3A WSL district hoops tourney starts Thursday
Post Independent sports editor
Glenwood Springs, Colorado CO
Roaring Fork High School’s boys basketball team has had its best season in more than half a decade. It turns out it’s a season that might end as quickly as Thursday night.
Despite the Rams’ first Class 3A Western Slope League championship, the league handbook does not include a protection clause that would give a league champion an automatic berth in the Class 3A state tournament.
What that means is that if the Rams (15-1 overall) are beaten by the Coal Ridge Titans (4-15) in the first round of the Class 3A Western Slope League District Tournament on Thursday, the Titans will move into the tournament semifinals at Palisade High School on Friday. Meanwhile, the Rams would clean out their lockers after the season-ending loss.
“We agreed on it but, for some reason, it didn’t get into the handbook,” Williams said.
“It does put some pressure on us,” the coach continued. “But our primary focus all year has been getting better each game and each week while letting the results take care of themselves. We just have to do the little things right.”
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The Rams, who host the Titans at 7 p.m., won’t be the only ones focusing on the little things come Thursday. The fourth-seeded Roaring Fork girls will host Coal Ridge at 5:30 p.m. Thursday as part of a girls-boys postseason doubleheader.
Grand Valley’s boys and girls hoops team will also play Thursday, but at different sites. The Grand Valley girls (14-5) will host Cedaredge at 7 p.m. Thursday, while the Grand Valley boys will play at Basalt at 6 p.m. Thursday.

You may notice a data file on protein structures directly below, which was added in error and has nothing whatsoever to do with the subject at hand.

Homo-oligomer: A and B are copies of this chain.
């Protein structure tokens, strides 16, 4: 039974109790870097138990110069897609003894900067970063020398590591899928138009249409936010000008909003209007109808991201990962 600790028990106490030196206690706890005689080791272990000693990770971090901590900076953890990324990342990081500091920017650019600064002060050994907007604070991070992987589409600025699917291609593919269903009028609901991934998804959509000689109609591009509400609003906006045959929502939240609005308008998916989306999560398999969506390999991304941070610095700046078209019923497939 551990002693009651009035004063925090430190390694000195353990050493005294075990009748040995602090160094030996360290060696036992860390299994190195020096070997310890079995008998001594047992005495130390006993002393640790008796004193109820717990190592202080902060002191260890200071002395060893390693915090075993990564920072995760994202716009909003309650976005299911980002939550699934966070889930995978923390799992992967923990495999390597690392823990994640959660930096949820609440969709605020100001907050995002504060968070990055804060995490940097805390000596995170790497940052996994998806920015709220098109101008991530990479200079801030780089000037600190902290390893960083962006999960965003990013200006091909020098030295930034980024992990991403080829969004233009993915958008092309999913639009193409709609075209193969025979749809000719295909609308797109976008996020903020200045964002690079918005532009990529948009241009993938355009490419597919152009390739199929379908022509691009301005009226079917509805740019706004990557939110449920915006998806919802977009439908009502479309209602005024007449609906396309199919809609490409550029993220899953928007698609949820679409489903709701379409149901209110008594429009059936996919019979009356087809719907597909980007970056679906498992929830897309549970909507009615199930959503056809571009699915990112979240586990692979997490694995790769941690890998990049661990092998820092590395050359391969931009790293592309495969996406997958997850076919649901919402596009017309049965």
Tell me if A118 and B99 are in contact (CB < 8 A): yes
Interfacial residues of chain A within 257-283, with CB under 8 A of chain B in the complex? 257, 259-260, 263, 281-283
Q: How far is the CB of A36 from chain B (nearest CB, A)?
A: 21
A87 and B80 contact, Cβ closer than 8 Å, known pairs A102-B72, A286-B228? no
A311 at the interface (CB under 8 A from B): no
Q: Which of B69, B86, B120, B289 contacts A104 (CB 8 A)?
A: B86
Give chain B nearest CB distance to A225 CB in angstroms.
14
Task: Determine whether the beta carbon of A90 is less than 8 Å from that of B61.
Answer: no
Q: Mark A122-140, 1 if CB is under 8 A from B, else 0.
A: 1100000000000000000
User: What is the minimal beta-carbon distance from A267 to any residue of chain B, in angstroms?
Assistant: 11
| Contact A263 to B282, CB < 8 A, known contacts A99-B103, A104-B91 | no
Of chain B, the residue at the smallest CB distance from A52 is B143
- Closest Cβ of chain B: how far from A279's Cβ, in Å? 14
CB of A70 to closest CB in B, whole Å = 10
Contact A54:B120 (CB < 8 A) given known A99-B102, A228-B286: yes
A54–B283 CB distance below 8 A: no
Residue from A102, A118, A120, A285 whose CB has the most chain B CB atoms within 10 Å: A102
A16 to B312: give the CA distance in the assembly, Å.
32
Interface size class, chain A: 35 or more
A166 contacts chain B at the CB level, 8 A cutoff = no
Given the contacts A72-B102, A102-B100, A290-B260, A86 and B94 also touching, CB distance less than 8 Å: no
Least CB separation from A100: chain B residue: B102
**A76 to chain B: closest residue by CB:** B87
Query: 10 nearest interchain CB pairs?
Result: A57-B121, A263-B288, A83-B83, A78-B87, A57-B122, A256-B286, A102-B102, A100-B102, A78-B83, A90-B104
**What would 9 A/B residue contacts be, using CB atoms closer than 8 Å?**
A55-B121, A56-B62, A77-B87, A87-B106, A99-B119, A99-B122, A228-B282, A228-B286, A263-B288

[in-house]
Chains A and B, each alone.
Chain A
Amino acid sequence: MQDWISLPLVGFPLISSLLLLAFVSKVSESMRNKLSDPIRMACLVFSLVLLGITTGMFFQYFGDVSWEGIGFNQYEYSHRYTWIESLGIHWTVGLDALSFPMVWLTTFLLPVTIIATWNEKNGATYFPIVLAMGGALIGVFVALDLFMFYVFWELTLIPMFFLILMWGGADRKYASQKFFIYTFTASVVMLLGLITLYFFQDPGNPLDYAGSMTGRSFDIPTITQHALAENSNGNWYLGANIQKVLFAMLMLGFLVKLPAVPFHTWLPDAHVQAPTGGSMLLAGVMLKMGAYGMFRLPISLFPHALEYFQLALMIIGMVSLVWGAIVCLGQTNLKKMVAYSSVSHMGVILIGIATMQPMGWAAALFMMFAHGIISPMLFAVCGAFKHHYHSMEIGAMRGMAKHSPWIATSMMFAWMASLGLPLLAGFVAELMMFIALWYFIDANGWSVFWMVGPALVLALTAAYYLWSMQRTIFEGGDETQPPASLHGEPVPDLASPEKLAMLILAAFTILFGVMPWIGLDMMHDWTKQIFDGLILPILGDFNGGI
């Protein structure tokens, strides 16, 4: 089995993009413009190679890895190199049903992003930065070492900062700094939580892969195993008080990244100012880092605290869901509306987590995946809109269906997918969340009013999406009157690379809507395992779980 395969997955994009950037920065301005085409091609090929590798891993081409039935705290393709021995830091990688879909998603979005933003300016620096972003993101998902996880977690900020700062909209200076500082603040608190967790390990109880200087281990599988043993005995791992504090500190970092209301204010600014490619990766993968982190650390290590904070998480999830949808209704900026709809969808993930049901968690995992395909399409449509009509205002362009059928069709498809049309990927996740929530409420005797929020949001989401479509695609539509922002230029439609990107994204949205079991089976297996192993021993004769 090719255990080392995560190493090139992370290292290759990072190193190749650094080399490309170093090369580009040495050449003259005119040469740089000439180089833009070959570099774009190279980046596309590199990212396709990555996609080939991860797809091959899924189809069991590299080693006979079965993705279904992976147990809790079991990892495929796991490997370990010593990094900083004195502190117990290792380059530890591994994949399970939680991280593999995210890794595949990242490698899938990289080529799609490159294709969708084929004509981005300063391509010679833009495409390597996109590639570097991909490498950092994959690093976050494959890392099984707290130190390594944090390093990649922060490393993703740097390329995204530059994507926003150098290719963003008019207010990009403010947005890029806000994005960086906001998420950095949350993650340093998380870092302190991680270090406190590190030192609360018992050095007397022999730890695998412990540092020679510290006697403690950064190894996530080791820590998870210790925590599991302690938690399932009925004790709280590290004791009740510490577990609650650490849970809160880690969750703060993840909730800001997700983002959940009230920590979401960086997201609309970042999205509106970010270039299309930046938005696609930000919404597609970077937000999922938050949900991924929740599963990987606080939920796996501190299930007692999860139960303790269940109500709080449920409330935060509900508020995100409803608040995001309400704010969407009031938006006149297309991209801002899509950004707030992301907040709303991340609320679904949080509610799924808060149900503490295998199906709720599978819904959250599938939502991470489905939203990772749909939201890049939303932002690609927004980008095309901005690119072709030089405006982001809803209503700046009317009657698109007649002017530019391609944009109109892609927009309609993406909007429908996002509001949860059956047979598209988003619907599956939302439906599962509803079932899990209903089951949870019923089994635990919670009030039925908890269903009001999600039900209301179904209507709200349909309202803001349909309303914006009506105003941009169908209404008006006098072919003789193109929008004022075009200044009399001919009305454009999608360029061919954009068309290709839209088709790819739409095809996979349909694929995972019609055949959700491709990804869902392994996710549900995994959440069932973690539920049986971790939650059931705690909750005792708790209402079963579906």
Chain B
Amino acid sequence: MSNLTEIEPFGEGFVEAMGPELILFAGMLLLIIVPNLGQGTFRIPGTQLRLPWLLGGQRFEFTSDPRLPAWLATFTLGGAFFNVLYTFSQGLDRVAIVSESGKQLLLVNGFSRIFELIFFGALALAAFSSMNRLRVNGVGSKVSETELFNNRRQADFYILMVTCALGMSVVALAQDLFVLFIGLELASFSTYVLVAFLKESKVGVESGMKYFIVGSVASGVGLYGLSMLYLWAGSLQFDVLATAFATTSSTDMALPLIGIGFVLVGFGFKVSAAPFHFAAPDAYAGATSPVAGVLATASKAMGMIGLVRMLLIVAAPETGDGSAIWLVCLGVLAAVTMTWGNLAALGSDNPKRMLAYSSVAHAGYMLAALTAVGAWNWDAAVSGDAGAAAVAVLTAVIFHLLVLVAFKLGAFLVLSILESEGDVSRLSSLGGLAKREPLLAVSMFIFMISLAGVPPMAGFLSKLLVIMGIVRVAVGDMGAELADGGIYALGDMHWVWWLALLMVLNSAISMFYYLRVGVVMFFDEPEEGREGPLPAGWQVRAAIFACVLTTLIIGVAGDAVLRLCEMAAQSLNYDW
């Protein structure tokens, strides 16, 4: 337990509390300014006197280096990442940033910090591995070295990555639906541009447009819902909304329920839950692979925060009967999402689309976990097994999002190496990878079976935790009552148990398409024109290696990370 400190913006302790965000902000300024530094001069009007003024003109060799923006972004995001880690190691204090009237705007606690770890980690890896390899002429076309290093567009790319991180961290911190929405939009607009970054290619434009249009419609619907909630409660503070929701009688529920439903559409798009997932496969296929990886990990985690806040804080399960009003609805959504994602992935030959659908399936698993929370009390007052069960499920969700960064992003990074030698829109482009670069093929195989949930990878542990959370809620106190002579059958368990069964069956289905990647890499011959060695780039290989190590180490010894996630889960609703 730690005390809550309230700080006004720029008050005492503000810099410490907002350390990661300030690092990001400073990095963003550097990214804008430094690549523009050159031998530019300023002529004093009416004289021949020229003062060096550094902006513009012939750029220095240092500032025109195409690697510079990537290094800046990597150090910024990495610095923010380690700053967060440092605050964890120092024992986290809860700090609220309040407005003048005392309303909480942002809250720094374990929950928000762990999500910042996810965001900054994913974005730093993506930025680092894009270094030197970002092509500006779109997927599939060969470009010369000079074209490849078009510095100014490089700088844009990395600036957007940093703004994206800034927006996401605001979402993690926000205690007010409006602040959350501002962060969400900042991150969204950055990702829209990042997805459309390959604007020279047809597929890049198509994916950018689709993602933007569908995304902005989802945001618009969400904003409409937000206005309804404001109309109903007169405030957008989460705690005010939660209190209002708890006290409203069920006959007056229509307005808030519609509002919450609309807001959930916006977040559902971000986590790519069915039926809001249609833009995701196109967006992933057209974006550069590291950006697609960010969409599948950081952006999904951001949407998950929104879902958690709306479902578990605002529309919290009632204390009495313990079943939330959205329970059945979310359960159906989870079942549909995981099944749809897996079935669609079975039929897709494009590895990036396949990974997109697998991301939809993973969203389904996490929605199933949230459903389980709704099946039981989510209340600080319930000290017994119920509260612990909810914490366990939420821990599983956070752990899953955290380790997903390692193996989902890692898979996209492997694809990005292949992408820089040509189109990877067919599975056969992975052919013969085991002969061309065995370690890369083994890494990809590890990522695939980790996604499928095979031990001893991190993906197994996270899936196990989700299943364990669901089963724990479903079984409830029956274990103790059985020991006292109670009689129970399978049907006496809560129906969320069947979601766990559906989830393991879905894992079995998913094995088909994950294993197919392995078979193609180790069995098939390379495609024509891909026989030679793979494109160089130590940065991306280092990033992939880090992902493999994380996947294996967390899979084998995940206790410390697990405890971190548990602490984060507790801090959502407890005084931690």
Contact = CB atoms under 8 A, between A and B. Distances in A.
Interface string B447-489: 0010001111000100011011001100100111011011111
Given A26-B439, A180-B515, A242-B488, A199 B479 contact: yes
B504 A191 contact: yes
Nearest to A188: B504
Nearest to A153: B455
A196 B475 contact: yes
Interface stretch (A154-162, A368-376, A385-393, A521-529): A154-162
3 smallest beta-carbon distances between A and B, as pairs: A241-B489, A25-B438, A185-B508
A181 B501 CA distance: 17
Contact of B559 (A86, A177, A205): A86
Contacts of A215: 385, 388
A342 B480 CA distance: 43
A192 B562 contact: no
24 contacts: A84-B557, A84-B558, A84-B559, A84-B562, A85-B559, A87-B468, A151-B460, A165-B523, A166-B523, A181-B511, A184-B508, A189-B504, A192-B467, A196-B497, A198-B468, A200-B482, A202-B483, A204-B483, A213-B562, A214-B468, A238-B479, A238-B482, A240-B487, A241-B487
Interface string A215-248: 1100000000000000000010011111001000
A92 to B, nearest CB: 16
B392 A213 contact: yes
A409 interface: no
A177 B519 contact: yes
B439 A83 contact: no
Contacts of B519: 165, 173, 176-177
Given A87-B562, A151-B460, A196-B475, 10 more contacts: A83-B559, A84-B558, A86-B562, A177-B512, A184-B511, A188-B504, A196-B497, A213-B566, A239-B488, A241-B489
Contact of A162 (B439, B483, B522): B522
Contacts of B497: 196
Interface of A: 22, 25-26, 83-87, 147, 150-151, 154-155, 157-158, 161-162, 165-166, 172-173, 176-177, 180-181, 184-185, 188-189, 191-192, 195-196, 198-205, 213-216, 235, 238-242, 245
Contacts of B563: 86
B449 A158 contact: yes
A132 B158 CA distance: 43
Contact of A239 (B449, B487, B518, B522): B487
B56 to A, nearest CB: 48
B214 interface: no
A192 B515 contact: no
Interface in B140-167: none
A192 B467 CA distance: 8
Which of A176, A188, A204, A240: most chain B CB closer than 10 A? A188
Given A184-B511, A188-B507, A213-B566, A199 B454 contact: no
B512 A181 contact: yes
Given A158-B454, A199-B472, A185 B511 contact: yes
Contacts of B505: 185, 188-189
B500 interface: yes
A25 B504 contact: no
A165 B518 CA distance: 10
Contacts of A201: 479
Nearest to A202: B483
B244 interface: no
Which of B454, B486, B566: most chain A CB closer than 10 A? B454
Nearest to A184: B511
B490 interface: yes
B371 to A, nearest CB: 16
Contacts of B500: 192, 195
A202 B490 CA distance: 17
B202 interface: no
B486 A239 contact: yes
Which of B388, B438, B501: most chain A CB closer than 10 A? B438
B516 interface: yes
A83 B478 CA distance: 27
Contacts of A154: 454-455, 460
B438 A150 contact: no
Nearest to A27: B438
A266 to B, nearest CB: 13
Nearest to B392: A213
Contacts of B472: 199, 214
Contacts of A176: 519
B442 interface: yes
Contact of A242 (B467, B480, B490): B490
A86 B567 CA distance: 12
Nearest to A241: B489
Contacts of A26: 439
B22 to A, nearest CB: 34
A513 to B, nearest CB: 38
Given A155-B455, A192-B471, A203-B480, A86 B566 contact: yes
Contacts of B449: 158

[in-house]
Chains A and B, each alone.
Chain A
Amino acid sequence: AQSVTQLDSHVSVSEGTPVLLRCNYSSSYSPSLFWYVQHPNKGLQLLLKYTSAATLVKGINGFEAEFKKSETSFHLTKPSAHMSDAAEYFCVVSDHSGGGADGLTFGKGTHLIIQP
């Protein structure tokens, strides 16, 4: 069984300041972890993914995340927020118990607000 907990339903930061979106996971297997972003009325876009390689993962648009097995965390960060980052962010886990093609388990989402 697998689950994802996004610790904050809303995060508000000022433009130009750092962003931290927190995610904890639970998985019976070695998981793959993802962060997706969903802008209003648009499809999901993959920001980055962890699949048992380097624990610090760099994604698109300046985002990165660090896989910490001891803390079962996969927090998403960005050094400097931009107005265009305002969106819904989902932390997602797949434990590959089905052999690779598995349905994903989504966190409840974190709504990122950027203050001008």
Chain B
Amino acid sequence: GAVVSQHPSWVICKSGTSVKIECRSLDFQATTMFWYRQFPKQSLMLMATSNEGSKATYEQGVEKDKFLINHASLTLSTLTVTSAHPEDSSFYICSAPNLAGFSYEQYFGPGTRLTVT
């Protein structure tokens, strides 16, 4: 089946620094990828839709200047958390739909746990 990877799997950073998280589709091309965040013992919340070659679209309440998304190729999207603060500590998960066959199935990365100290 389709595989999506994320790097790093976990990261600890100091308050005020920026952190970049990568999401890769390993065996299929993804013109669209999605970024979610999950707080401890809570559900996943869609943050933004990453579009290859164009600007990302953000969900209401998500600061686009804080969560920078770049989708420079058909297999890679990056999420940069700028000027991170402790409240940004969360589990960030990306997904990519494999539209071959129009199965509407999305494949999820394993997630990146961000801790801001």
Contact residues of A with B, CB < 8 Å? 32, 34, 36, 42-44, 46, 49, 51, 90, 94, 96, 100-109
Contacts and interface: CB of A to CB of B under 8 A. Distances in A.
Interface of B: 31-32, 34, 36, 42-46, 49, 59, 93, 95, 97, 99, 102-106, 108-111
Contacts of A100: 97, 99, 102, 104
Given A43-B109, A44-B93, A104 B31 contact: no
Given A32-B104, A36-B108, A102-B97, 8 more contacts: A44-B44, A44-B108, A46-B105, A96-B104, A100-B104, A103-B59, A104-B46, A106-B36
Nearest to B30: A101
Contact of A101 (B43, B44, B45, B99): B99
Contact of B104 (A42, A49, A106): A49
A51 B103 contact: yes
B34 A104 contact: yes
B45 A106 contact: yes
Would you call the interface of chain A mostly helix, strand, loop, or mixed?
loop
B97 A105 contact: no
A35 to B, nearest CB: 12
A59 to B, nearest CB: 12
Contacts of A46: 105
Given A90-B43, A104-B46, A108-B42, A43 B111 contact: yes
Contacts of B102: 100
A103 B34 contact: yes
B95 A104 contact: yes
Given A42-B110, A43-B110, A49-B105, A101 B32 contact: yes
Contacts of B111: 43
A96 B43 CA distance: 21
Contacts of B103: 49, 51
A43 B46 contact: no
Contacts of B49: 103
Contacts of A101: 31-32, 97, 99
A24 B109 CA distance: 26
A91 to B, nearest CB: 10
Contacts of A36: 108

Winners from all district-tournament games will move into the tournament’s semifinals Friday at Palisade High School.
Williams, of course, feels his team can reach the tournament semis. The Rams’ inside-out play, led by senior post player Trae Moxley, has been a key force for Roaring Fork along with their guard play.
That helped the Rams win their first league championship since 2007, when Rifle coach Roger Walters was coaching the Rams. Roaring Fork, of course, had its sights set on its most recent accomplishment at the beginning of the season.
“I was sure hoping we could do this, but I never would have expected it,” Williams said. “All I was hoping for was for us to be in contention for a league title. Now we’d like to be in contention for something more.”
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Aspen Glen residents and other speakers at a public hearing lobbied the Garfield County commissioners to keep a protective buffer in place on about 25 acres of the golf club to protect wildlife. No decision was reached.